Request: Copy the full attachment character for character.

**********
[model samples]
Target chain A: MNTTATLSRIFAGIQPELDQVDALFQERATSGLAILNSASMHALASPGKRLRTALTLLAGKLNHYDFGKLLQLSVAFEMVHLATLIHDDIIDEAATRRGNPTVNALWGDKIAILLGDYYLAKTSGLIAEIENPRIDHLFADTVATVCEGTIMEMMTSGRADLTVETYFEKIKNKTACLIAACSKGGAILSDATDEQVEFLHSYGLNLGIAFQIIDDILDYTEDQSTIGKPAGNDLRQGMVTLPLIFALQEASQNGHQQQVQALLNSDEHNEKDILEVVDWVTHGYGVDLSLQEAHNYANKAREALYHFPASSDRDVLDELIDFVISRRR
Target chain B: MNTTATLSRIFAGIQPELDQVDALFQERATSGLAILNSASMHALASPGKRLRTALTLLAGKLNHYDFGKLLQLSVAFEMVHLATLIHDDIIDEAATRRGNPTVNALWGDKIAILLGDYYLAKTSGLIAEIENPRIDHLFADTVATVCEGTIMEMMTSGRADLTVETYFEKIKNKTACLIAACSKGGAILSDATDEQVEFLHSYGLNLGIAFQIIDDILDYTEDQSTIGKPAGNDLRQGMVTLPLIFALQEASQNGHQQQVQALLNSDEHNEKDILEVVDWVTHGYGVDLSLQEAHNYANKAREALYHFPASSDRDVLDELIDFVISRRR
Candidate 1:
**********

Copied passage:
[model samples]
Target chain A: MNTTATLSRIFAGIQPELDQVDALFQERATSGLAILNSASMHALASPGKRLRTALTLLAGKLNHYDFGKLLQLSVAFEMVHLATLIHDDIIDEAATRRGNPTVNALWGDKIAILLGDYYLAKTSGLIAEIENPRIDHLFADTVATVCEGTIMEMMTSGRADLTVETYFEKIKNKTACLIAACSKGGAILSDATDEQVEFLHSYGLNLGIAFQIIDDILDYTEDQSTIGKPAGNDLRQGMVTLPLIFALQEASQNGHQQQVQALLNSDEHNEKDILEVVDWVTHGYGVDLSLQEAHNYANKAREALYHFPASSDRDVLDELIDFVISRRR
Target chain B: MNTTATLSRIFAGIQPELDQVDALFQERATSGLAILNSASMHALASPGKRLRTALTLLAGKLNHYDFGKLLQLSVAFEMVHLATLIHDDIIDEAATRRGNPTVNALWGDKIAILLGDYYLAKTSGLIAEIENPRIDHLFADTVATVCEGTIMEMMTSGRADLTVETYFEKIKNKTACLIAACSKGGAILSDATDEQVEFLHSYGLNLGIAFQIIDDILDYTEDQSTIGKPAGNDLRQGMVTLPLIFALQEASQNGHQQQVQALLNSDEHNEKDILEVVDWVTHGYGVDLSLQEAHNYANKAREALYHFPASSDRDVLDELIDFVISRRR
Candidate 1: